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Shimla Blog

8 April 2016

The Himalayan Toy Train slowly emerges from the infamous "kissing tunnel" and settles into its stop at Barog Station. The chai stand is busy for those who like their tea sweet and milky, and a cursory glance at the station signs provides an erstwhile reminder, as tourists and locals alike re-trace the journey taken by the administrators of the Britsih Raj.

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Barog is one of numerous stop points in the sixty mile journey up from Kalka and along the way, as the train wends itself around and up the Himalayan foothills, we are constantly rewarded with stunning vistas; deep valleys, distant mountains and lush undergrowth all merging into each other with each twist and turn of the track. Finally the train trundles into Shimla as darkness begins to fall, and the railway porters break the mountain stillness with their cries. As we're whisked away by private car, we get a glimpse of our home for the next three nights - the magnificent Oberoi Cecil Hotel.

The Cecil is one of the great fixtures of Shimla. Built in 1883 and reopened after extensive restoration in 1997, it easily conveys the luxury of a bygone age. A huge atrium provides the milieu for the reception area, and for those with valley view rooms, the morning starts with stunning views across the foothills towards Kalka.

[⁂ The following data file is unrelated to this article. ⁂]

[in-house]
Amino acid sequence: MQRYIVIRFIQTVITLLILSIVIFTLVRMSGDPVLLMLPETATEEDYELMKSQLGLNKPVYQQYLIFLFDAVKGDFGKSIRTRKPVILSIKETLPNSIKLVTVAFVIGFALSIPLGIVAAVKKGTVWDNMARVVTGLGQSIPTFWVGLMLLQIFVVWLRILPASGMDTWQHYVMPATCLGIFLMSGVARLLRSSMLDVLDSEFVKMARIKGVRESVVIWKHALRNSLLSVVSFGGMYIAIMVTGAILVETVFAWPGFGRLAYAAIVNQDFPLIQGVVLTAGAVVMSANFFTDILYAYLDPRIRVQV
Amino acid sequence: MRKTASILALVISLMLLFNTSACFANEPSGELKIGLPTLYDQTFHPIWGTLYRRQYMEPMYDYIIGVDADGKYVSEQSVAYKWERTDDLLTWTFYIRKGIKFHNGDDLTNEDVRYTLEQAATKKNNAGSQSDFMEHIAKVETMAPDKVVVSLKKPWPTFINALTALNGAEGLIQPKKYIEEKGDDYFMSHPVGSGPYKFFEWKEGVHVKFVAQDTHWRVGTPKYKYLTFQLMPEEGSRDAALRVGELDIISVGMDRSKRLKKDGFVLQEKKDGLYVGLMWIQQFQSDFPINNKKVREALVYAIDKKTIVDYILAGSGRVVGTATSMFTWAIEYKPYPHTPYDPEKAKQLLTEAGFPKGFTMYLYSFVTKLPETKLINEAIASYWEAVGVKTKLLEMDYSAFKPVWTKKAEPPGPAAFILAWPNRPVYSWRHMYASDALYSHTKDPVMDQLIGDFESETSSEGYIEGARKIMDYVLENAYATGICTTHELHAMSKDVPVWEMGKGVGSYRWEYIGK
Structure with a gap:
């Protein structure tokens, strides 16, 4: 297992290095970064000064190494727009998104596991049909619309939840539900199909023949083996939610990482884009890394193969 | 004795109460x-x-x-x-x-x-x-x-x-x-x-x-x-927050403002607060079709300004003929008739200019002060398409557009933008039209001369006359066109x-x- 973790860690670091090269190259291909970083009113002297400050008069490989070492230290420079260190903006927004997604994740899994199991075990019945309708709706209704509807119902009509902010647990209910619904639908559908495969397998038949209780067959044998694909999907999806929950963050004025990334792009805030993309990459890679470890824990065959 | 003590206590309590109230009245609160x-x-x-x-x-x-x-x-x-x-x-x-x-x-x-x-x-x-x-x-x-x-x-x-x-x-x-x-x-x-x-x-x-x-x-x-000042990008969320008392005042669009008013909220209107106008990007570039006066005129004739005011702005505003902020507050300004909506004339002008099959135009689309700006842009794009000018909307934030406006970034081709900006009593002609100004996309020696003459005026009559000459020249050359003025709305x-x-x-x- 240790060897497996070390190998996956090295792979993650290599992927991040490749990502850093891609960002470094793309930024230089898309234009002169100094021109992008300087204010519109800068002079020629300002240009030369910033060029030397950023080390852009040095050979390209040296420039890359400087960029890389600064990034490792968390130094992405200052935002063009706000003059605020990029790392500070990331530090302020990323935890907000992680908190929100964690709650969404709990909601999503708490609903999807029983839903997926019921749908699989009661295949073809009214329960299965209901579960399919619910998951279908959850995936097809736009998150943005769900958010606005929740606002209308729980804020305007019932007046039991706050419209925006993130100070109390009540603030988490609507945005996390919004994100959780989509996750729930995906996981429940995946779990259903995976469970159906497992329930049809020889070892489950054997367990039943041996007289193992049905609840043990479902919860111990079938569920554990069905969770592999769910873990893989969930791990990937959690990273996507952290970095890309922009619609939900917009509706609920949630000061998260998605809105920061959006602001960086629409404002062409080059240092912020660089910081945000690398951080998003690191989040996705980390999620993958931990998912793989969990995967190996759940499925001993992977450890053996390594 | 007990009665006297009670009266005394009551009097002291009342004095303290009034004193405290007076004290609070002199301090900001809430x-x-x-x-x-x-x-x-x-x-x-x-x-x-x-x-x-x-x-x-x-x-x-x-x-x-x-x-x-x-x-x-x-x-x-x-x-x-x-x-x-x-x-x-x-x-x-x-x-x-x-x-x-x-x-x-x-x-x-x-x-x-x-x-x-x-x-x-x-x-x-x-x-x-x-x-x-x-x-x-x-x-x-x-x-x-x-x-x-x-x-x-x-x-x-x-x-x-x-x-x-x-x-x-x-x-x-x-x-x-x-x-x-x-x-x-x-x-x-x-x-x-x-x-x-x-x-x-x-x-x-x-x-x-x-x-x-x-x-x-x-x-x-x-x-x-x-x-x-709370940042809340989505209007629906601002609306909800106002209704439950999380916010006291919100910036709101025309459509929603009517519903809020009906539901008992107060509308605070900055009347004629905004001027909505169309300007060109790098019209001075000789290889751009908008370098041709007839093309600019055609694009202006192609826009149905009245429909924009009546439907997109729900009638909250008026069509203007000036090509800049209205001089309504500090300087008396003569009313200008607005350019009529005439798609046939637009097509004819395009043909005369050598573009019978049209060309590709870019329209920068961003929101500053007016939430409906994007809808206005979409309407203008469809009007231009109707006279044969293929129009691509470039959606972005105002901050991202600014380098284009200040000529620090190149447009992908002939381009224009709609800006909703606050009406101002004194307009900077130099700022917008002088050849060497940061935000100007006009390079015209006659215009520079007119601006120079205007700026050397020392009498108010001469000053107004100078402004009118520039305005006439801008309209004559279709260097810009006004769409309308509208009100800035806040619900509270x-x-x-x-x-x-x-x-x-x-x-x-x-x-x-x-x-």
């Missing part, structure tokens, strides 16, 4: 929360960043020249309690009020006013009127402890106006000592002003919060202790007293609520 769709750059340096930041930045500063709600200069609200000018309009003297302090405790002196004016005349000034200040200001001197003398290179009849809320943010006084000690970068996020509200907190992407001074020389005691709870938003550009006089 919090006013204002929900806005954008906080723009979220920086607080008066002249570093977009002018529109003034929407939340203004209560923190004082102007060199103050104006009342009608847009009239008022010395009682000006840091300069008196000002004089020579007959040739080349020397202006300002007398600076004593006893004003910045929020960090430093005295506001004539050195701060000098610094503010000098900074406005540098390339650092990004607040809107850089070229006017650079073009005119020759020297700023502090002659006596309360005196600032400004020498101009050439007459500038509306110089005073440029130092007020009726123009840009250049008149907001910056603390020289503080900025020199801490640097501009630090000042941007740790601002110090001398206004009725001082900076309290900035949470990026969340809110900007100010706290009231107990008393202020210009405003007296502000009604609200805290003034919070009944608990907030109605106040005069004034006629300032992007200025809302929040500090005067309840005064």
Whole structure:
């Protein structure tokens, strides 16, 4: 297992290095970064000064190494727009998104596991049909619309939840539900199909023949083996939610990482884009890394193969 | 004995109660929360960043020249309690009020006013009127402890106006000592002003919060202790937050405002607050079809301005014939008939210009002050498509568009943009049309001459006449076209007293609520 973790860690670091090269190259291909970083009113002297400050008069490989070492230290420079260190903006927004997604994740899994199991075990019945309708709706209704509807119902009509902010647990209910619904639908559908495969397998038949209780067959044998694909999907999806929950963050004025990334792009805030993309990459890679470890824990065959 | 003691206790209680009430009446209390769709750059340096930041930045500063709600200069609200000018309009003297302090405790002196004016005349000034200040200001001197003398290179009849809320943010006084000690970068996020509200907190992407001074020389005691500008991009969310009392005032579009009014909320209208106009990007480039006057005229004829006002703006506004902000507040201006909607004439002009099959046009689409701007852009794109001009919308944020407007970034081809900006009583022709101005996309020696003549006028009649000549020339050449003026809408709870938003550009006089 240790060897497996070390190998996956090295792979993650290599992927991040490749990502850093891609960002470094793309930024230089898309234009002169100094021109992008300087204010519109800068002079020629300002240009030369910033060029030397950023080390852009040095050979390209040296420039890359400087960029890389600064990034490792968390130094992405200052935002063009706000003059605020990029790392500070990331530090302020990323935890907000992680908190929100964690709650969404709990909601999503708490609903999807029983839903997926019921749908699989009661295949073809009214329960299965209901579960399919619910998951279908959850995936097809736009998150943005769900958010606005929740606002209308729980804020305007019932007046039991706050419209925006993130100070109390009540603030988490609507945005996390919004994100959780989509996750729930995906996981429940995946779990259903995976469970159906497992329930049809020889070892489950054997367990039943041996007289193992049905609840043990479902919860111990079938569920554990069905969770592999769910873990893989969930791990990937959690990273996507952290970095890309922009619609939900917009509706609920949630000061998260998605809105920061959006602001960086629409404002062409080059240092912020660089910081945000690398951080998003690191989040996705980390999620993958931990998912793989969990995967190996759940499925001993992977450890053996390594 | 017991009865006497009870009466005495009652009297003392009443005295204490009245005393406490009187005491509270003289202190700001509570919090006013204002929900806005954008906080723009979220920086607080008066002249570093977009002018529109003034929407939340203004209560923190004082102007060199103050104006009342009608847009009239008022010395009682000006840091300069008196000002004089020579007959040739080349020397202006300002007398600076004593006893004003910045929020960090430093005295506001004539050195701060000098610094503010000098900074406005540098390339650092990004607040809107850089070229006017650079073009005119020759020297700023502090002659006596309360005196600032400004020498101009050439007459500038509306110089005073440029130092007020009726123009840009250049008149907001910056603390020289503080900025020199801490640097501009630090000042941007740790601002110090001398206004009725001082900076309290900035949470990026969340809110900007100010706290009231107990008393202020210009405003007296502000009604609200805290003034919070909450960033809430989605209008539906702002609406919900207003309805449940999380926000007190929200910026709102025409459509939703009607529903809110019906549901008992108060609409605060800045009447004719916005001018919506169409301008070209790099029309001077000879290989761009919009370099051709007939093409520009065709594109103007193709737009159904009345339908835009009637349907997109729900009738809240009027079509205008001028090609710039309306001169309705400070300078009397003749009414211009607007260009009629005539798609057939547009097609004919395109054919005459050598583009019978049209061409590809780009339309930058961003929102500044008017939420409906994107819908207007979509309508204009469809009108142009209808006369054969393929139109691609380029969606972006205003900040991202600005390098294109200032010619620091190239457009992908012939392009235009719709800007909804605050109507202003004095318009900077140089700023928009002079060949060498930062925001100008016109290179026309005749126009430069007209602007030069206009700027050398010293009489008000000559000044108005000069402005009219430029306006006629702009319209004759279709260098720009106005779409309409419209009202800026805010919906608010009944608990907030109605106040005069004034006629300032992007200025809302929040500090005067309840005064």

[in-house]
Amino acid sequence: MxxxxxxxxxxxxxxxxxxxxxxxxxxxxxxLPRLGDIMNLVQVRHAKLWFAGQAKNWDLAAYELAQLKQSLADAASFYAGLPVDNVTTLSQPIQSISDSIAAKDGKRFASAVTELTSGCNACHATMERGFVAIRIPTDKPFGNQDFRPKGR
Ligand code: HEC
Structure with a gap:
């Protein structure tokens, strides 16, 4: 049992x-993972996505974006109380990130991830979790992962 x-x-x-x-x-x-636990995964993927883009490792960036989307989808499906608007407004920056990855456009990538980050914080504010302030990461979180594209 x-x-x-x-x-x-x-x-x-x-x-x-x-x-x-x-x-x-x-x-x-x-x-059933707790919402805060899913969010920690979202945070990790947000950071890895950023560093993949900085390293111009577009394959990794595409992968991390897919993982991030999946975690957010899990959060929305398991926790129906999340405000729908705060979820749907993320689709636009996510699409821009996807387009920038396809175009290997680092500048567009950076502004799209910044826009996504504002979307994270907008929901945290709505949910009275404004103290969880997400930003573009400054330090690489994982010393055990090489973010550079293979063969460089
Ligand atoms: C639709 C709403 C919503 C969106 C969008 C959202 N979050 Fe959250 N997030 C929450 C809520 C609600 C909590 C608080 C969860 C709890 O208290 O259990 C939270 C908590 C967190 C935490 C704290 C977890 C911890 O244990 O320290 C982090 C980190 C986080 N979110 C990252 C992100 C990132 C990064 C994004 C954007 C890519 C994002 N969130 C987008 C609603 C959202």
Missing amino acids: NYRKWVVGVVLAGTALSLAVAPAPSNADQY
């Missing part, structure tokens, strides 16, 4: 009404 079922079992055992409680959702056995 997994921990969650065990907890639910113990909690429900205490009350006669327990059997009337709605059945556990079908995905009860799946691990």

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Shimla itself is a total anachronism. Why is there a town of 200,000 plus people half way up the mountains, with houses and hotels alike clinging to the steep sides? The answer of course lies in the history of the British in India, and on our trip we are lucky to have this explained to us by local historian Raaja Bhasin, who has written numerous books on the subject. He is also a consultant on the Channel 4 series "Indian Summers", and his morning talk sets the scene for a day of sightseeing. The Vice Regal Lodge is the centrepiece to this and towers above the surrounding areas; on a good day you get the amazing combination of the lodge silhouetted against the distant peaks of the Himalayans - sadly for me too much cloud puts a stop to that.

From the lodge we visit the Hindu Monkey Temple before spending an afternoon in Shimla's mall, complete with its historic Church, street vendors pretty much unchanged since Kipling wrote of them, and the famous Gaiety Theatre which has been the scene of many amateur dramatic performances. The mall is alive with the business of the day but is pleasantly not a tourist trap and its setting, with the town spreading down from the surrounding hills into the valleys below, provides a spectacular backdrop. Afterwards it's just a short walk back to the hotel and some much called for rest and recovery ahead of the promise of the next day's adventures.

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